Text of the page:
The popular story of how low-carb diets work goes something like this: Reducing your carbohydrate...
Let me introduce myself. My name is Mark Sisson. I’m 63 years young. I live and work in Malibu, California. In a past life I was a professional marathoner and triathlete. Now my life goal is to help 100 million people get healthy. I started this blog in 2006 to empower people to take full responsibility for their own health and enjoyment of life by investigating, discussing, and critically rethinking everything we’ve assumed to be true about health and wellness...Tell Me More
As reports of tainted food continue to roll in, more Americans are questioning the safety of a now largely imported food supply. Add to these fears the lack of disclosure and labeling laws for foreign and domestic genetically modified foods, and consumers feel as though they’ve been hung out to dry by the food industry and the government agencies they expect will protect their families.
In the face of these concerns and in keeping with the recent trend toward “eating local,” CSA (community supported agriculture) farms present a reasonably priced alternative to grocery store fare. Consumers become “members” of the farms, buying a share of the annual yield, which can include not just vegetables and fruits but meat, poultry, eggs, coffee, and dairy items. Members often pay a fraction of what they would at the grocery store, especially for organic/grass-fed items. Deliveries come every week to two weeks and extend through the region’s growing and harvest season. Some CSAs offer special winter packages or holiday baskets.
Geneticists at North Carolina State University have revealed an interesting lesson in gene expression: where you live can have significant impact on how your genes are expressed.
The scientists focused on a sample of 46 Moroccan Amazighs, a relatively homogenous group genetically-speaking. The subjects included desert nomads, mountain agrarians and coastal urban residents. The researchers analyzed the white blood cells of the group “to study the impact of the transition from traditional to urbanized lifestyles on the human immune system.” The results surprised even the scientists themselves: gene expression in the group varied by up to one-third based on geographic location and corresponding lifestyle.
According to the old school nursery rhyme, Mary had a little lamb, but chances are, after reading the post, you’ll want one too (although, admittedly, you’ll probably not be using your lamb for the soul purpose of causing a brouhaha on the playground)!
Although lamb has many redeeming qualities (which we’ll touch on below), if you only had one reason to rationalize serving this oft-overlooked meat at your next meal, let it be this: It isn’t chicken, beef or fish. Think we’re kidding? Consider this: If you do a Google search for chicken recipes, you’ll receive approximately 2,430,000 search options. A search for beef or fish? 1,130,000 and 824,000 hits, respectively. A search for lamb? 394,000 (although admittedly, there is an entire website called lambrecipes.com!)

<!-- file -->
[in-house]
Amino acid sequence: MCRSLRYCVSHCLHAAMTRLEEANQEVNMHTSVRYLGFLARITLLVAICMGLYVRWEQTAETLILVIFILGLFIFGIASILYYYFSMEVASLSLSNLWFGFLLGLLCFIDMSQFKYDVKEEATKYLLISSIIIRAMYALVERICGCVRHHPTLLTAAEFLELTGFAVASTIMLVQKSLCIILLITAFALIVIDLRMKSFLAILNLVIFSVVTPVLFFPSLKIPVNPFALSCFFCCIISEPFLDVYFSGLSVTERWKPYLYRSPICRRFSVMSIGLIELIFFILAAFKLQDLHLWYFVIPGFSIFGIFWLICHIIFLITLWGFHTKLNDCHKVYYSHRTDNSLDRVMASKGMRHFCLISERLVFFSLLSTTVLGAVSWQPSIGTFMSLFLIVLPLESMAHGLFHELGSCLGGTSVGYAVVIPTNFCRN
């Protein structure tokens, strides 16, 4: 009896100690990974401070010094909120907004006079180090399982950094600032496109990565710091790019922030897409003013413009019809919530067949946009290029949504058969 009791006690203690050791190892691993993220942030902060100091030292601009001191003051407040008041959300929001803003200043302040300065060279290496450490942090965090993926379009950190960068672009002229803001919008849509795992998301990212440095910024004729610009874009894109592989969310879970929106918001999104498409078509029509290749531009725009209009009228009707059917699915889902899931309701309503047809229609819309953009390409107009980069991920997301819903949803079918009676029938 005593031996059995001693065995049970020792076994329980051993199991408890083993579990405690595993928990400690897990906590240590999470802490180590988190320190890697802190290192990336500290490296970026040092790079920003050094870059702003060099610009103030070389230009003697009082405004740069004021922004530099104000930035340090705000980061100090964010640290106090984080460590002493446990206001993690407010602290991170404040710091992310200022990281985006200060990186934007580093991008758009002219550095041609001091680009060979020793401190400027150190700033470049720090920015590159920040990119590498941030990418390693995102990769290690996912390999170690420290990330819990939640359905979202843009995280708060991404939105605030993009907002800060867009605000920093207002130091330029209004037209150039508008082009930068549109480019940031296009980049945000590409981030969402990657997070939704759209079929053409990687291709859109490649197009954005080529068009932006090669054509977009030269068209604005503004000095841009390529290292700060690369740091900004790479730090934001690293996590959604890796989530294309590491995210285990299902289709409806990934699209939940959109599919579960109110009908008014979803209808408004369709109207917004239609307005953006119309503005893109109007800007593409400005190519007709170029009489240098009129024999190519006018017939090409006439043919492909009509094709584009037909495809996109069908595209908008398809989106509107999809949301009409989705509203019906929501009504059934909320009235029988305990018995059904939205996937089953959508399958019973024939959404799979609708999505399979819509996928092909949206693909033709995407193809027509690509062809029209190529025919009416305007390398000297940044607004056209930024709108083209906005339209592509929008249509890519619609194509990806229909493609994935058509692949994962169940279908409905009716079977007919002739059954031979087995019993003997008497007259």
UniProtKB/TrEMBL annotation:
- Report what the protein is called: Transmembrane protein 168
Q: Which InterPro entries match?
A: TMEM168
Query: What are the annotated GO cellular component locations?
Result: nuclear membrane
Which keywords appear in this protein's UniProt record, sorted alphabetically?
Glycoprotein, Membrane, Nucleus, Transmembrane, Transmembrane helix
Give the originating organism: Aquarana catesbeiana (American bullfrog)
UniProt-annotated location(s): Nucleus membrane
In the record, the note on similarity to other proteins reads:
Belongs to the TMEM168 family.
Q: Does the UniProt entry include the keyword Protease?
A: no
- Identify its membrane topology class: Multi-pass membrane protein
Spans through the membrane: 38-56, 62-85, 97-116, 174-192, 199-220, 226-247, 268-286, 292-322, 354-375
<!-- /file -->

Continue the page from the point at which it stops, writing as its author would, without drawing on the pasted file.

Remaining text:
We arm ourselves with knowledge. We gauge the evidence and outline a plan. We form our ideals and establish steps for carefully considered goals. We seek out support and put our noses to the grindstone. We stay focused, keep learning and hone the design with time and experience.
Goals require responsibility, commitment and fortitude, but life invokes flexibility, compromise. In the midst of all the good, the bad and the ugly we hash out here (in the name of the Primal Blueprint), there it is at the end of the day: the compromise.
An article in this Sunday’s New York Times once again highlighted rising food prices, this time focusing on “sticker shock” felt by consumers of organics, who already pay a premium for food. The article questioned the potential impact the rise will have on the market for organics.
Rising prices for organic groceries are prompting some consumers to question their devotion to food produced without pesticides, chemical fertilizers or antibiotics. In some parts of the country, a loaf of organic bread can cost $4.50, a pound of pasta has hit $3, and organic milk is closing in on $7 a gallon. …Food prices in general have been rising, but organic food lagged somewhat behind last year because of a temporary glut of organic milk and other factors. Some grocery chains adopted private-label organic products, which are cheaper than brand products, while others hesitated to raise already high organic prices. In recent months, however, these factors have been giving way to cost pressures in the industry. …Organic manufacturers and retailers said prices began increasing last fall but were only now starting to spike significantly in some parts of the country.
via New York Times
Want to add more pizzazz to your meal but don’t want to compromise on nutrition? Not a problem, when you select any of the following ingredients to spice up your next meal.